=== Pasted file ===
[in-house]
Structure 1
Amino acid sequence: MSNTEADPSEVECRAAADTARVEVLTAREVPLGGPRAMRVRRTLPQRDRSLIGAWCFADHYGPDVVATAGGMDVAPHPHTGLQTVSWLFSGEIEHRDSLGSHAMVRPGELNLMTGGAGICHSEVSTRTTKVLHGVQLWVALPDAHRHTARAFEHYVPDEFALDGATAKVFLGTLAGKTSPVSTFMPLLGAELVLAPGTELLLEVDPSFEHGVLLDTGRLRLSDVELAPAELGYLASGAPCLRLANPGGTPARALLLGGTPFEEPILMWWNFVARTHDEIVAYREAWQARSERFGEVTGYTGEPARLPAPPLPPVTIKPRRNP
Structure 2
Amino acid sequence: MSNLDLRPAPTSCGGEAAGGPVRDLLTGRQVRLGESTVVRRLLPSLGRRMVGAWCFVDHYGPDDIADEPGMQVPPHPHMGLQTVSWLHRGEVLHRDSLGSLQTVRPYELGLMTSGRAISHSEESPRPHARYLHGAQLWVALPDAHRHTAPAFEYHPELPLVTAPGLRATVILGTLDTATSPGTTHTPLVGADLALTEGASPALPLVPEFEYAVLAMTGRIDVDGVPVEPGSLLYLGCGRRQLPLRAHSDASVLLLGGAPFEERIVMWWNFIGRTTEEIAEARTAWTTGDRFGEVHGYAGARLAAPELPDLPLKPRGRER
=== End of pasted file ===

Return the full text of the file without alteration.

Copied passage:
[in-house]
Structure 1
Amino acid sequence: MSNTEADPSEVECRAAADTARVEVLTAREVPLGGPRAMRVRRTLPQRDRSLIGAWCFADHYGPDVVATAGGMDVAPHPHTGLQTVSWLFSGEIEHRDSLGSHAMVRPGELNLMTGGAGICHSEVSTRTTKVLHGVQLWVALPDAHRHTARAFEHYVPDEFALDGATAKVFLGTLAGKTSPVSTFMPLLGAELVLAPGTELLLEVDPSFEHGVLLDTGRLRLSDVELAPAELGYLASGAPCLRLANPGGTPARALLLGGTPFEEPILMWWNFVARTHDEIVAYREAWQARSERFGEVTGYTGEPARLPAPPLPPVTIKPRRNP
Structure 2
Amino acid sequence: MSNLDLRPAPTSCGGEAAGGPVRDLLTGRQVRLGESTVVRRLLPSLGRRMVGAWCFVDHYGPDDIADEPGMQVPPHPHMGLQTVSWLHRGEVLHRDSLGSLQTVRPYELGLMTSGRAISHSEESPRPHARYLHGAQLWVALPDAHRHTAPAFEYHPELPLVTAPGLRATVILGTLDTATSPGTTHTPLVGADLALTEGASPALPLVPEFEYAVLAMTGRIDVDGVPVEPGSLLYLGCGRRQLPLRAHSDASVLLLGGAPFEERIVMWWNFIGRTTEEIAEARTAWTTGDRFGEVHGYAGARLAAPELPDLPLKPRGRER